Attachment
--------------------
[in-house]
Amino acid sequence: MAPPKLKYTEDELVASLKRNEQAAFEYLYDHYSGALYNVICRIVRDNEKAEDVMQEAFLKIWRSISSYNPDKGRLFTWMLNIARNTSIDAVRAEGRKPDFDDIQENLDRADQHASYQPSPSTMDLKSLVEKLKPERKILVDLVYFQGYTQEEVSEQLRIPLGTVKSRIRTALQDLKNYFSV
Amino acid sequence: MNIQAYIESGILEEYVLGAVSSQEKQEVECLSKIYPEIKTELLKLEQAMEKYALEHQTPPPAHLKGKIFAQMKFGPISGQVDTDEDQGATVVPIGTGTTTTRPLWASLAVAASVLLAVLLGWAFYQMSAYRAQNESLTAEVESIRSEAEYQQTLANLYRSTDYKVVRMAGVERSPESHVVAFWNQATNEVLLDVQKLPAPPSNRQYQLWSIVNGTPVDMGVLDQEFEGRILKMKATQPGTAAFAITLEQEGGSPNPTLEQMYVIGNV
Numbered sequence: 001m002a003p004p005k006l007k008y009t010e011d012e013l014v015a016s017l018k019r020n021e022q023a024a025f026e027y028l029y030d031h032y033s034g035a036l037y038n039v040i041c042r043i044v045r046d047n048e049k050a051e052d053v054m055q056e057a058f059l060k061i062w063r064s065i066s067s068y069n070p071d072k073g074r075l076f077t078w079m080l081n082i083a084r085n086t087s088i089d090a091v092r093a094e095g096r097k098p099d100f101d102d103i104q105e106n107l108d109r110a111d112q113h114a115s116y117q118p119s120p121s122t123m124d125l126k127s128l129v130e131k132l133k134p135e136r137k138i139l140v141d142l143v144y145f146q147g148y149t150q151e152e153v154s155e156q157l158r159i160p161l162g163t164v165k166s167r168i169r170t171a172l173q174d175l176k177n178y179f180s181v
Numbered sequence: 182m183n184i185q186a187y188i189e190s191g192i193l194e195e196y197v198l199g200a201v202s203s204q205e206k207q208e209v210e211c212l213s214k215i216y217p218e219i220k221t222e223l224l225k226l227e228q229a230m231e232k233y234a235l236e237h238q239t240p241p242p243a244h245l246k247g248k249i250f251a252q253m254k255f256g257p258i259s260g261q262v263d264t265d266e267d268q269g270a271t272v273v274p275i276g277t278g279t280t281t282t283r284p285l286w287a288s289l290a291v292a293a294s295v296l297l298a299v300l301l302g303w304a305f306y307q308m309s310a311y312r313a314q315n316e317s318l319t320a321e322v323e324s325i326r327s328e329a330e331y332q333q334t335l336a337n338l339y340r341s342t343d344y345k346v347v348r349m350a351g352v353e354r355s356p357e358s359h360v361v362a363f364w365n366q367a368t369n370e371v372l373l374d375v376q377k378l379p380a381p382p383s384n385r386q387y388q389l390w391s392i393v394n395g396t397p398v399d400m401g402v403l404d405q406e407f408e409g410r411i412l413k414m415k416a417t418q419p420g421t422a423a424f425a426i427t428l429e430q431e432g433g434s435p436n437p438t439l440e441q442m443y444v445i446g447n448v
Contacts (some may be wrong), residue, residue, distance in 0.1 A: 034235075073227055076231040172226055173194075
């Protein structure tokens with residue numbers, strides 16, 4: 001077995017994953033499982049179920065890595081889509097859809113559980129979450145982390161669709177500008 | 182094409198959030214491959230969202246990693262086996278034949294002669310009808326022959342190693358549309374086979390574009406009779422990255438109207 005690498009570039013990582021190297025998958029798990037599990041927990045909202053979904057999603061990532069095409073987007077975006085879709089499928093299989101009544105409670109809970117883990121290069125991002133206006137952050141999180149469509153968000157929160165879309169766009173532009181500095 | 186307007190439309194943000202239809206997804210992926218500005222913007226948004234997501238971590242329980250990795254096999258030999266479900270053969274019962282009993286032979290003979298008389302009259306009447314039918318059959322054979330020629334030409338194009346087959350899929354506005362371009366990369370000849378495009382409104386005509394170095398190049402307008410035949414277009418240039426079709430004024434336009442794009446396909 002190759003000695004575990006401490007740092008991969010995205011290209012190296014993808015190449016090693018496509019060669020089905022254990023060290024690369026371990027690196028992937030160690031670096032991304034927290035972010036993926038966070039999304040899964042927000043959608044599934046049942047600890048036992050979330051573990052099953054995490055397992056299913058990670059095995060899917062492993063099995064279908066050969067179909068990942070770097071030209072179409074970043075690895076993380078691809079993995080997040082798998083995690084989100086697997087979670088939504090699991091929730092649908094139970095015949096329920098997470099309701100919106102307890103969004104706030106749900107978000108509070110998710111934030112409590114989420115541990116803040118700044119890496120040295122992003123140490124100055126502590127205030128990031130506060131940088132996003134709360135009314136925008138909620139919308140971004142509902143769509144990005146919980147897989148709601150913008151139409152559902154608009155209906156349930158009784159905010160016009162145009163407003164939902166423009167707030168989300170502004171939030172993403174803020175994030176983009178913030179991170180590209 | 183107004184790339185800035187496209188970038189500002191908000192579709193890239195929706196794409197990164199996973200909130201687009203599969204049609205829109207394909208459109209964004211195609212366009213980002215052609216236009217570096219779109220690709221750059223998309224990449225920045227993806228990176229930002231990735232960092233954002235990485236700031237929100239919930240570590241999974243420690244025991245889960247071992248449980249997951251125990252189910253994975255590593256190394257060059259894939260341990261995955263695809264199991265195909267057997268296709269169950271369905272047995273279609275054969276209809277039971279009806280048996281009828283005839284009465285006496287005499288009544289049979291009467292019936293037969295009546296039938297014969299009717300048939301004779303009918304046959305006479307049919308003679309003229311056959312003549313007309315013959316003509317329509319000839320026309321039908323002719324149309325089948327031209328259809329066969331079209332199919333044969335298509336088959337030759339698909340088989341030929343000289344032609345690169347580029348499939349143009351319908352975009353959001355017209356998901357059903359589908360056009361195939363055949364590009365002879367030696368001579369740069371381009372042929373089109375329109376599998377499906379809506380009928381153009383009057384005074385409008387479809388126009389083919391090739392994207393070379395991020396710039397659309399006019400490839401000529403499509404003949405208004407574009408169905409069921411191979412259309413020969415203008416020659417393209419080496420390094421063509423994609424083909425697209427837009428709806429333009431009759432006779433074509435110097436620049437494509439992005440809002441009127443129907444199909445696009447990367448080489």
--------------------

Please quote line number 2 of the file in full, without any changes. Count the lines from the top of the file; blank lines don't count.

Amino acid sequence: MAPPKLKYTEDELVASLKRNEQAAFEYLYDHYSGALYNVICRIVRDNEKAEDVMQEAFLKIWRSISSYNPDKGRLFTWMLNIARNTSIDAVRAEGRKPDFDDIQENLDRADQHASYQPSPSTMDLKSLVEKLKPERKILVDLVYFQGYTQEEVSEQLRIPLGTVKSRIRTALQDLKNYFSV